Self-advocates have been my link to reality. They tell me what is important to them and how they want to be treated. They have been my most influential advocates and co-workers.
Which self-advocates have been most influential in working with?
I have met so many self-advocates in NDSC that have made a huge impact. I have loved working with the self-advocate board members. To date, I have worked closely with Daniel Chaplin and Chris Bennett. They have such a valuable message for us.
Others in the disability community include Ari Neiman, Samantha Crane and Julia Bascom from the Autisitic Self Advocacy Network. I wished I would have had their guidance when my son was born. Also, Liz Weintraub from AUCD has had an amazing impact on colleagues, legislators and legislative staff.
What advice would you give to advocates today?
“Be willing to compromise, but never compromise your values.”- Susan Goodman
Tax Reform Bills Update
With the Congress preparing to go on winter break shortly, there is a big push to get tax reform done in the next week. The House and Senate each passed their own version of the Tax Cuts and Jobs Act, both of which contained provisions that will be harmful to people with Down syndrome and other disabilities. (NDSC Policy & Advocacy Director Heather Sachs elaborates on these concerns in a recent podcast for Down Syndrome Affiliates in Action HERE) Both versions were then sent to a “conference committee” of Senators and Representatives to develop a final bill that will have components from each version. NDSC signed onto a letter with the Consortium for Citizens with Disabilities opposing the tax bills (HERE).
It was recently announced that an agreement had been struck by the Republican members of the conference committee on many major issues, so they are close to having a final bill and will likely push for a vote next week. (See HERE for list). While we have not yet seen the final version of the bill, and we are relieved to hear that certain deductions such as the medical expense deduction will remain intact and there will be some health insurance market stabilization put in place. However, we are still greatly concerned that these tax cuts will increase the deficit by $1.5 trillion dollars over the next decade and that the individual mandate under the ACA will be repealed, causing millions of people to lose insurance and premiums to increase.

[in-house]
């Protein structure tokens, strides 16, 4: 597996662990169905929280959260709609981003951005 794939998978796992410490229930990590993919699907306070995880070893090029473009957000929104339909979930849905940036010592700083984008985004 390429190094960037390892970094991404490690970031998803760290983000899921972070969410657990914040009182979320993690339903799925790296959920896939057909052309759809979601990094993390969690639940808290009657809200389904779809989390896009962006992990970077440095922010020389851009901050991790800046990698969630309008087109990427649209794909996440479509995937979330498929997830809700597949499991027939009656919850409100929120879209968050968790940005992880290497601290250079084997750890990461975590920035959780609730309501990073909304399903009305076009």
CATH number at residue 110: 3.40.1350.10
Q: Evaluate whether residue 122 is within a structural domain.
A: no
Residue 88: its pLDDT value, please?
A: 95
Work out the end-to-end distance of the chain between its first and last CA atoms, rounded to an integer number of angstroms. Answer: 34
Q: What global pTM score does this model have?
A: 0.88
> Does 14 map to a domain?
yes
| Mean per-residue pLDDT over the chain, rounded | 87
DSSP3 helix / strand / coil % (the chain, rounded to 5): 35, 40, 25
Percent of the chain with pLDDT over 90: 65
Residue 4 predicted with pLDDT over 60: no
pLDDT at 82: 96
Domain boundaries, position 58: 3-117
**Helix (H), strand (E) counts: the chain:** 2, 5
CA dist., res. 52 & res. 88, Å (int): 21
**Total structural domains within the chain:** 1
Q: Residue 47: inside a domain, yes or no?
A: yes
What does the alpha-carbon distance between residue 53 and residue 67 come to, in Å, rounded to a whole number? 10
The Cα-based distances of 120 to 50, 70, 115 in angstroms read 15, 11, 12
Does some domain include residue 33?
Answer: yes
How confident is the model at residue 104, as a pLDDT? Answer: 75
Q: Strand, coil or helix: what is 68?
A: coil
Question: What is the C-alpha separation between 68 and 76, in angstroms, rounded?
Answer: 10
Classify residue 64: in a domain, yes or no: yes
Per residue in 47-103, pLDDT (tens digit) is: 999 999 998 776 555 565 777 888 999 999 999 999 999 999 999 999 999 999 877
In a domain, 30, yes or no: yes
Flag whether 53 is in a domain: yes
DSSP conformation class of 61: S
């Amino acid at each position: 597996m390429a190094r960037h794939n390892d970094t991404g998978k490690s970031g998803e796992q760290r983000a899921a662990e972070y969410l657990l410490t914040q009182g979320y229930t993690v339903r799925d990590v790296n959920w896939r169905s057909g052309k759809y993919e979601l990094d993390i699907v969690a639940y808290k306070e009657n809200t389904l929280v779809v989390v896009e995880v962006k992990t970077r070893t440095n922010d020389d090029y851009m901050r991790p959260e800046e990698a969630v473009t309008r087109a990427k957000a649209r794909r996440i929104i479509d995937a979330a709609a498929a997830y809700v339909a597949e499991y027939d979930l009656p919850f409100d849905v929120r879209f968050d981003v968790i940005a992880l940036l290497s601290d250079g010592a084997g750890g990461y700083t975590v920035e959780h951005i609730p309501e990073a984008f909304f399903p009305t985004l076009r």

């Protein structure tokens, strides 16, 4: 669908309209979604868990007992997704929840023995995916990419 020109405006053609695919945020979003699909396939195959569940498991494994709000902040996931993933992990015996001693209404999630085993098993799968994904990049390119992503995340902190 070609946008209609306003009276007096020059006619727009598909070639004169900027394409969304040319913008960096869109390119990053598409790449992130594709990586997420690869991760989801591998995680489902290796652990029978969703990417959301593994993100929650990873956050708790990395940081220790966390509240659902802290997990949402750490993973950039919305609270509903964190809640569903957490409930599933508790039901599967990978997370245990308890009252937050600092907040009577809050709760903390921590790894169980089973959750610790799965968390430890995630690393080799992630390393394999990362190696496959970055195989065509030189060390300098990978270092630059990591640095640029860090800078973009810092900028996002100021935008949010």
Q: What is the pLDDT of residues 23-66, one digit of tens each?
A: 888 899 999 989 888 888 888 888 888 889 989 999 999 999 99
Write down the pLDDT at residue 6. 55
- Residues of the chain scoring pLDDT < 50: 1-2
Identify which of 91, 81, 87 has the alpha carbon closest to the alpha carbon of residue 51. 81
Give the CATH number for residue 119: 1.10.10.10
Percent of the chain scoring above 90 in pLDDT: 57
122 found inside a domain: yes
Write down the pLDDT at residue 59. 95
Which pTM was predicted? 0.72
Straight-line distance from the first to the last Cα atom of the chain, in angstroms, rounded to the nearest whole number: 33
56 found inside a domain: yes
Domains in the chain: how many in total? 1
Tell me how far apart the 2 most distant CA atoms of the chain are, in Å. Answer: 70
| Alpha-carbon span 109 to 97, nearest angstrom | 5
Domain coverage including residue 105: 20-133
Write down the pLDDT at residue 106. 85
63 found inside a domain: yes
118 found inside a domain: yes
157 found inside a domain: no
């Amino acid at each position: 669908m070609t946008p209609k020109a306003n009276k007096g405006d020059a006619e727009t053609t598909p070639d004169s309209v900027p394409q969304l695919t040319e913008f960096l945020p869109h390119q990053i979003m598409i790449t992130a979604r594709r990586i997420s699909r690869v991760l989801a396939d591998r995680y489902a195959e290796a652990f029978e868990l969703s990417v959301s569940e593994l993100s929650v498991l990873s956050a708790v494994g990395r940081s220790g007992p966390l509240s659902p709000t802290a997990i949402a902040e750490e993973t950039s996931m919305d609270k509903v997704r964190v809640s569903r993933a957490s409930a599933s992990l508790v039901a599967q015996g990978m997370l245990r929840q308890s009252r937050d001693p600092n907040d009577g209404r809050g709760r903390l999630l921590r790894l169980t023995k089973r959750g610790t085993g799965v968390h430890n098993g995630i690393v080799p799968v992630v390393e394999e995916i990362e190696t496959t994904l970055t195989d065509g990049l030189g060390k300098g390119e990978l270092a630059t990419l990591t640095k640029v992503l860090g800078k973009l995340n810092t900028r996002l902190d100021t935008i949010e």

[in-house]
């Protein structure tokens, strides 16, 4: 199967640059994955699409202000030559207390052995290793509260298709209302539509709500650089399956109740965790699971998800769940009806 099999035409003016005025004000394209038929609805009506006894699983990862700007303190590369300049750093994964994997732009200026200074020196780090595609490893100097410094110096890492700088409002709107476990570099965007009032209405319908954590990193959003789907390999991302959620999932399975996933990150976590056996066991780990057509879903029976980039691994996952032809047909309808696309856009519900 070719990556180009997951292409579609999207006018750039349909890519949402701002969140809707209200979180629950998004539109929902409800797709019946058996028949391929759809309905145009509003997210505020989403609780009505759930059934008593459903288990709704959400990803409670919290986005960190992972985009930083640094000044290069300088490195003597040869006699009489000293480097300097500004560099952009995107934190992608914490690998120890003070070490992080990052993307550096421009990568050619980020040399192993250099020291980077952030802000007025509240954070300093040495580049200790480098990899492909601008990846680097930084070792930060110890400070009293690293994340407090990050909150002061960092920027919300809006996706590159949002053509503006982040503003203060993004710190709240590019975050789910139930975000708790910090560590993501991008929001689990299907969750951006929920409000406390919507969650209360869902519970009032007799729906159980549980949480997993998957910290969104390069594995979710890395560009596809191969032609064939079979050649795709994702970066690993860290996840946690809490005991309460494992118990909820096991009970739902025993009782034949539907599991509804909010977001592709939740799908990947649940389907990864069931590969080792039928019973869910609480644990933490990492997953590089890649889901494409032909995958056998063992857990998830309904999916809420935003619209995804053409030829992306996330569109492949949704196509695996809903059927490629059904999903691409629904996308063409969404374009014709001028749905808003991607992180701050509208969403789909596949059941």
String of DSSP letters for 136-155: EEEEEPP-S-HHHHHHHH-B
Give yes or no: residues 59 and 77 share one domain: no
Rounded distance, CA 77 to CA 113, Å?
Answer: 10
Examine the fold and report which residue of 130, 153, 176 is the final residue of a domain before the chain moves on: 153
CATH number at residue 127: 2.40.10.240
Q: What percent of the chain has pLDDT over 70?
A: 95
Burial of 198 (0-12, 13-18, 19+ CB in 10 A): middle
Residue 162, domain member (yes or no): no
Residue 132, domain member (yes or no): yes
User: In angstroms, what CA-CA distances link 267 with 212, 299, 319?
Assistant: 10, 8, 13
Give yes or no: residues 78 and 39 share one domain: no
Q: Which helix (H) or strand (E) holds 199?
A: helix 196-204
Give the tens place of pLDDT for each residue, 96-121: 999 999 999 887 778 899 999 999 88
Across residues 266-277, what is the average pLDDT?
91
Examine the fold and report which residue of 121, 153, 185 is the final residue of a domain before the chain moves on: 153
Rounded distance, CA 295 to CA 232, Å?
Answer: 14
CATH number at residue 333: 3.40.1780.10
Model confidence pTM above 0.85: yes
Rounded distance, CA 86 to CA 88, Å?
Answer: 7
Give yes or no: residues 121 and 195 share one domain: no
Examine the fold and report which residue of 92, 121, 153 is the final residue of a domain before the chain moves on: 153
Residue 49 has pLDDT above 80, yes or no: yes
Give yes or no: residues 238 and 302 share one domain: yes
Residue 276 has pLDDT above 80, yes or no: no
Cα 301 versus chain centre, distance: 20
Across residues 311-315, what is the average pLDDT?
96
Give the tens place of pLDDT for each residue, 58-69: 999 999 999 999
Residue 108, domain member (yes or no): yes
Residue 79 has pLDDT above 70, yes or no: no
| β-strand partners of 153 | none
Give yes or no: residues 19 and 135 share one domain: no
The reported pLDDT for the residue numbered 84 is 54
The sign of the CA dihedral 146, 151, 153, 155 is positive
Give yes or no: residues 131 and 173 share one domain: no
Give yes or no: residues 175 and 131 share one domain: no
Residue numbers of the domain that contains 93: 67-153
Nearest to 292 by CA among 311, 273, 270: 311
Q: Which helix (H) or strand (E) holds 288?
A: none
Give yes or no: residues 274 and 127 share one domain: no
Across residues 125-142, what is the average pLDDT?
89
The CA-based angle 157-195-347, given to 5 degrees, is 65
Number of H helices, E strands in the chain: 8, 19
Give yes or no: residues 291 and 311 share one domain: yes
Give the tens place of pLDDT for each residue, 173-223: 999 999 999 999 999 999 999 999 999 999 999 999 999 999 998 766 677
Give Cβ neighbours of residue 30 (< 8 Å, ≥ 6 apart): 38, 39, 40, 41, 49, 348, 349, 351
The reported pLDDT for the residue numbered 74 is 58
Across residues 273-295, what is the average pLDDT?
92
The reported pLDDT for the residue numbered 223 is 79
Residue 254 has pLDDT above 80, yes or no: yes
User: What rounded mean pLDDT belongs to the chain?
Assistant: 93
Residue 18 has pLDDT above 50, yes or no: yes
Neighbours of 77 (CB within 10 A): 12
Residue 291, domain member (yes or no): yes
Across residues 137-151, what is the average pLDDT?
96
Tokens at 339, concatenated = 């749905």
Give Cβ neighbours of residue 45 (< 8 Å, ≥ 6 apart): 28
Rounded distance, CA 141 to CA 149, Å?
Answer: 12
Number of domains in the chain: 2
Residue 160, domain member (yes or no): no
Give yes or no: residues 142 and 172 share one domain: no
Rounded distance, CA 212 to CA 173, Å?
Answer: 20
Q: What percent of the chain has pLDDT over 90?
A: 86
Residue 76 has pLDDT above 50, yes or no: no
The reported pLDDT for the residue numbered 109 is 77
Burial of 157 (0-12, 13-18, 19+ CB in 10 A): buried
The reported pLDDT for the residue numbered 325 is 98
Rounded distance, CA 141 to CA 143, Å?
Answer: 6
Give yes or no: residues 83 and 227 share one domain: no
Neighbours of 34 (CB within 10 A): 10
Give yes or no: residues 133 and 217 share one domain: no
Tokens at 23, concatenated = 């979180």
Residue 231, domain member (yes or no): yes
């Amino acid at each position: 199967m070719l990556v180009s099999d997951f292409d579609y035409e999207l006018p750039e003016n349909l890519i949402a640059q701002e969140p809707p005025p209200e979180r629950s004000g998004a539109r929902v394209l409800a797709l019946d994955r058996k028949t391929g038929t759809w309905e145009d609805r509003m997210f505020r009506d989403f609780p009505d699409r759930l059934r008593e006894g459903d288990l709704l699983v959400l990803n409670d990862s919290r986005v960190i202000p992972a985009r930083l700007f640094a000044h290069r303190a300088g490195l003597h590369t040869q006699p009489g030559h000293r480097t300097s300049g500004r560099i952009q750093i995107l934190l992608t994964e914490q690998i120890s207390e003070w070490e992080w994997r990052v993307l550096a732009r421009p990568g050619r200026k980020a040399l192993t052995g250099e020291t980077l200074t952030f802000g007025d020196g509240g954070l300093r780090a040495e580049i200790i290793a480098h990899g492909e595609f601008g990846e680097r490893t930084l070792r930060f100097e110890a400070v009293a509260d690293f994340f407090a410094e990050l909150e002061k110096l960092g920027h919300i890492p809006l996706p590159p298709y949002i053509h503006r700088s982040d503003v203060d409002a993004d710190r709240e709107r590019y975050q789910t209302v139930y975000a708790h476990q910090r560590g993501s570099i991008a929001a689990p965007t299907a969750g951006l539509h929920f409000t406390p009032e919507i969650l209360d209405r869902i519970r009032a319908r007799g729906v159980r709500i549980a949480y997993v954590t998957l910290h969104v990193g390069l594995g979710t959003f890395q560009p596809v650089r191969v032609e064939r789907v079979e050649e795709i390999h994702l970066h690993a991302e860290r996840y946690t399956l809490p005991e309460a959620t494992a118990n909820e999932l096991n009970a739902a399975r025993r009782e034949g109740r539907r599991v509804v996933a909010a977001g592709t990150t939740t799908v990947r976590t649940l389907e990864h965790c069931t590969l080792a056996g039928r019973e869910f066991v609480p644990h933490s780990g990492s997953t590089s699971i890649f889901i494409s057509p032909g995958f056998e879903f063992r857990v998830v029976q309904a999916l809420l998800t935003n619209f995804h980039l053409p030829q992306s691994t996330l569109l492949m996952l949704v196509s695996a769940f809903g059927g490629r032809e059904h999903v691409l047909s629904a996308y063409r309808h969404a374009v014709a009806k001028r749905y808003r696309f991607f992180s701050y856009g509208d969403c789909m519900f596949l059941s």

The proposed tax cuts along with the repeal of the ACA individual mandate will increase the demand for Medicaid, decrease the funds available for home and community-based services and supports, and reduce the amount of revenue available to states to support Medicaid. In 2018, we will see another attack on Medicaid, as Congress works to pay for the deficit increase and convert Medicaid into block grants or per capita caps (HERE). Rest up and brace yourselves for more advocacy fights ahead.
Although it is likely that this dangerous tax bill will pass, our work is not done. One thing you can do to make sure that the voices of the disability community are not silenced is to participate in NATIONAL DISABILITY CALL-IN DAY on MONDAY DECEMBER 18. Join thousands of other advocates nationwide in calling your elected officials to urge them to vote NO on the tax bill and register your concerns about the impending Medicaid cuts that will result from the bill’s passage. Click HERE to register and get talking points. Please share on your social networks and let’s make some noise!
ABLE to Work Bill Concerns
To date, thirty states have launched ABLE programs and ABLE accounts are available to qualified people with disabilities nationwide. NDSC has been working along with the rest of the disability community for nearly a decade to pass the federal Stephen Beck Jr. Achieving a Better Life Experience (ABLE) Act and subsequent state ABLE bills. NDSC, a member of the Financial Security Task Force for the Consortium for Citizens with Disabilities, is also a founding member of the ABLE National Resource Center (www.ablenrc.org) and NDSC Policy Director Heather Sachs also serves in a dual capacity as the Senior ABLE Adviser for the ABLE National Resource Center. NDSC is very engaged on ABLE and has a high level of expertise in this area.
In April 2017, three ABLE “improvement” bills were re-introduced in Congress: (1) the ABLE Age Adjustment Act; (2) the ABLE to Work Act; and (3) the ABLE Financial Planning Act. See HERE for details of these bills. NDSC supported all three of these bills. Unfortunately, our position on the ABLE to Work bill has now changed and we are opposing the bill.